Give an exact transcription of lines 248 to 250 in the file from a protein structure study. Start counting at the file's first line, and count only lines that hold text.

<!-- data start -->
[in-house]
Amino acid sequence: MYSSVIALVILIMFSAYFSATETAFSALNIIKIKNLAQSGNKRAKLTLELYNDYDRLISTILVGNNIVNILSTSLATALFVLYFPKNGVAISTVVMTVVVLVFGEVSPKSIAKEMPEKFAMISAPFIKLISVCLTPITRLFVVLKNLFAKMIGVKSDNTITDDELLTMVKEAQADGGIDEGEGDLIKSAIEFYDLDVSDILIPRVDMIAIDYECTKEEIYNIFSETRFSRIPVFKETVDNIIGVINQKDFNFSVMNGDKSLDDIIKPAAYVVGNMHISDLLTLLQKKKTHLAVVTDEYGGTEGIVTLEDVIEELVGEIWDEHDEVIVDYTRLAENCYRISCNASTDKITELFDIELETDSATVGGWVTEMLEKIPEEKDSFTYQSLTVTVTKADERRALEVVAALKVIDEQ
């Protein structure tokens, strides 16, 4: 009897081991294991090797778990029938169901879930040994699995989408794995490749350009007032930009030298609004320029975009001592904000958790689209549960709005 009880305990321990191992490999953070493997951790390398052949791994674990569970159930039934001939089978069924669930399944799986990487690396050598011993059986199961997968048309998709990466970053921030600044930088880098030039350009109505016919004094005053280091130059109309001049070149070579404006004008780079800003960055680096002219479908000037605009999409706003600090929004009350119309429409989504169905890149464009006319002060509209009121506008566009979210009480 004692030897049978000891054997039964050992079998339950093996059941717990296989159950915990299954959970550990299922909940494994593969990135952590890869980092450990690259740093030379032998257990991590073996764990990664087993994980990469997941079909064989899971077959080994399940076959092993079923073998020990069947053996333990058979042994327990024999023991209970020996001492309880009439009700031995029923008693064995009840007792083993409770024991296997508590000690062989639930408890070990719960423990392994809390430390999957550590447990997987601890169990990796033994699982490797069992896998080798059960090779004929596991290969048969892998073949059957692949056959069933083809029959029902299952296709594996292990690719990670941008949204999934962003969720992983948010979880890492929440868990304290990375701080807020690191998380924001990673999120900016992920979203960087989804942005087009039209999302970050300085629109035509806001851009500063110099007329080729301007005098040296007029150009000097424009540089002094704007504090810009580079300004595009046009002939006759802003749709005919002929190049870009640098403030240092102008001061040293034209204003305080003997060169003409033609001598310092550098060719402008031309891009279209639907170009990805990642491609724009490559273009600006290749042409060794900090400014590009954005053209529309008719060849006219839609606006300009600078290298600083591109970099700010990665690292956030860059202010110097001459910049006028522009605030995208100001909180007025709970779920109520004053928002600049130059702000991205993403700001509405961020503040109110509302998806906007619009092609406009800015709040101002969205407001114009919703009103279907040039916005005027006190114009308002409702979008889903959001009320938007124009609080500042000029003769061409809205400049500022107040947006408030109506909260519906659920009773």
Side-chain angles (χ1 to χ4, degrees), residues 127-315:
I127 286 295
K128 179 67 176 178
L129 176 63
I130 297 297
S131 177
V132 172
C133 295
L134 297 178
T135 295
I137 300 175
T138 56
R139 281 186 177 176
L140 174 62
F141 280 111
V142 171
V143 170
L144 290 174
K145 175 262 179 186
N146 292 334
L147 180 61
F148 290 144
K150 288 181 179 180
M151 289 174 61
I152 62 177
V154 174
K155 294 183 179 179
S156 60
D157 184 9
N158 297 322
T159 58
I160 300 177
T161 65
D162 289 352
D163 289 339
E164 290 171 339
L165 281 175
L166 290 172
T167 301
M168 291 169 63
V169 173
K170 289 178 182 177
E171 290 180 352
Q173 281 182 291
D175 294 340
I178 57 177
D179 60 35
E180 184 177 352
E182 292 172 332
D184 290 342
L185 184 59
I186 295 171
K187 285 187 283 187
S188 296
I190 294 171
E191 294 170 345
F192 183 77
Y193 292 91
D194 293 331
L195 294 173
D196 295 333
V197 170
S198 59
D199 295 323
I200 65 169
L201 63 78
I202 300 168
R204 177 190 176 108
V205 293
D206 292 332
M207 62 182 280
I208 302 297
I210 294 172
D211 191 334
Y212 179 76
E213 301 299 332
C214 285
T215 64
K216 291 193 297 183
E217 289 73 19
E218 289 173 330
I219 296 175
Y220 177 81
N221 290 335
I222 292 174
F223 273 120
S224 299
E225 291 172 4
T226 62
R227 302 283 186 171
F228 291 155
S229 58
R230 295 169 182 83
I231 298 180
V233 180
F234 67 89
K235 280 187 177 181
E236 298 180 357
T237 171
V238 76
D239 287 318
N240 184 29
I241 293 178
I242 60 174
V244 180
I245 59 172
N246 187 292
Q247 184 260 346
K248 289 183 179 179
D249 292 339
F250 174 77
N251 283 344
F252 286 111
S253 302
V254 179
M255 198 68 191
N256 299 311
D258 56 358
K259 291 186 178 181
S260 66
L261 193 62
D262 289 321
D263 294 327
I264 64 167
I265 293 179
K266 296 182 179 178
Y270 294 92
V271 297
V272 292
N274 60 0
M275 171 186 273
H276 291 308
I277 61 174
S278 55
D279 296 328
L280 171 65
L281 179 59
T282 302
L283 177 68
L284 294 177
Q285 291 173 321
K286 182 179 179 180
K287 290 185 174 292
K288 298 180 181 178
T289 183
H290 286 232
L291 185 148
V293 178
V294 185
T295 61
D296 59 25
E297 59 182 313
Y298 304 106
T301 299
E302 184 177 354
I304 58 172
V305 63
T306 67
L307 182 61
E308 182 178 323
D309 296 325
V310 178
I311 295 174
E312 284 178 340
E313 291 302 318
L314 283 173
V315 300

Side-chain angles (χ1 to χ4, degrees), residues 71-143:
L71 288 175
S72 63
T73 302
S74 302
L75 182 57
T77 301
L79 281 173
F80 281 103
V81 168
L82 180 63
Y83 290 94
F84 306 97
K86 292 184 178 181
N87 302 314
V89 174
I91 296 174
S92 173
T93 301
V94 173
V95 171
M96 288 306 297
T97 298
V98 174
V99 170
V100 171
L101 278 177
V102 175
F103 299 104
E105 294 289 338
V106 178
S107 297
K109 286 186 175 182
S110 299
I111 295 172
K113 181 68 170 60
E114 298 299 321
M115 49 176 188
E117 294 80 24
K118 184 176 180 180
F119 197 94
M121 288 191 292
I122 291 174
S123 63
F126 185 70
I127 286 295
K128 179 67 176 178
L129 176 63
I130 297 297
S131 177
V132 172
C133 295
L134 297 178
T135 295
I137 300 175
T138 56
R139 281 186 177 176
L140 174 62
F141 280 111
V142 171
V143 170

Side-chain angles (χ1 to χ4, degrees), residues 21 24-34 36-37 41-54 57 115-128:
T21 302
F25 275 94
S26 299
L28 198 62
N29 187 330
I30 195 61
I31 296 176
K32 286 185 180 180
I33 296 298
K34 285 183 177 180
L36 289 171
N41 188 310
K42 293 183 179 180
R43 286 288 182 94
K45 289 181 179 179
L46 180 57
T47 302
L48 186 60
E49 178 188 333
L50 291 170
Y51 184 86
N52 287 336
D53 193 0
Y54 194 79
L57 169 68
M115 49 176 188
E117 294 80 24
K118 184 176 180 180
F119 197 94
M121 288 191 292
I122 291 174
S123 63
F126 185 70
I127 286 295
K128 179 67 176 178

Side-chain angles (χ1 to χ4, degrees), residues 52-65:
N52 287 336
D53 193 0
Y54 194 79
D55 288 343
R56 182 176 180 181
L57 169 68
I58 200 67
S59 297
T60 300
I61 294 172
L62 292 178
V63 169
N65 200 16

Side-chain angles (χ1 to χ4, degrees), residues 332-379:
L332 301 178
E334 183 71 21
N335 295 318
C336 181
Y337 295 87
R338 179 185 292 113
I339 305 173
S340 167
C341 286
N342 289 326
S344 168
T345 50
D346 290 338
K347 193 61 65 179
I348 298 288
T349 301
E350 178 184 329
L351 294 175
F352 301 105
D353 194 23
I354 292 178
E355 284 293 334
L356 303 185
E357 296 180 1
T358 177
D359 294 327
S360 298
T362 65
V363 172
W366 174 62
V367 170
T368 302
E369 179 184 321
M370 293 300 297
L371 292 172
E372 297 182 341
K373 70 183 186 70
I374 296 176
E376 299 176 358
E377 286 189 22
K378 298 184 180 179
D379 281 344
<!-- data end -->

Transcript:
L46 180 57
T47 302
L48 186 60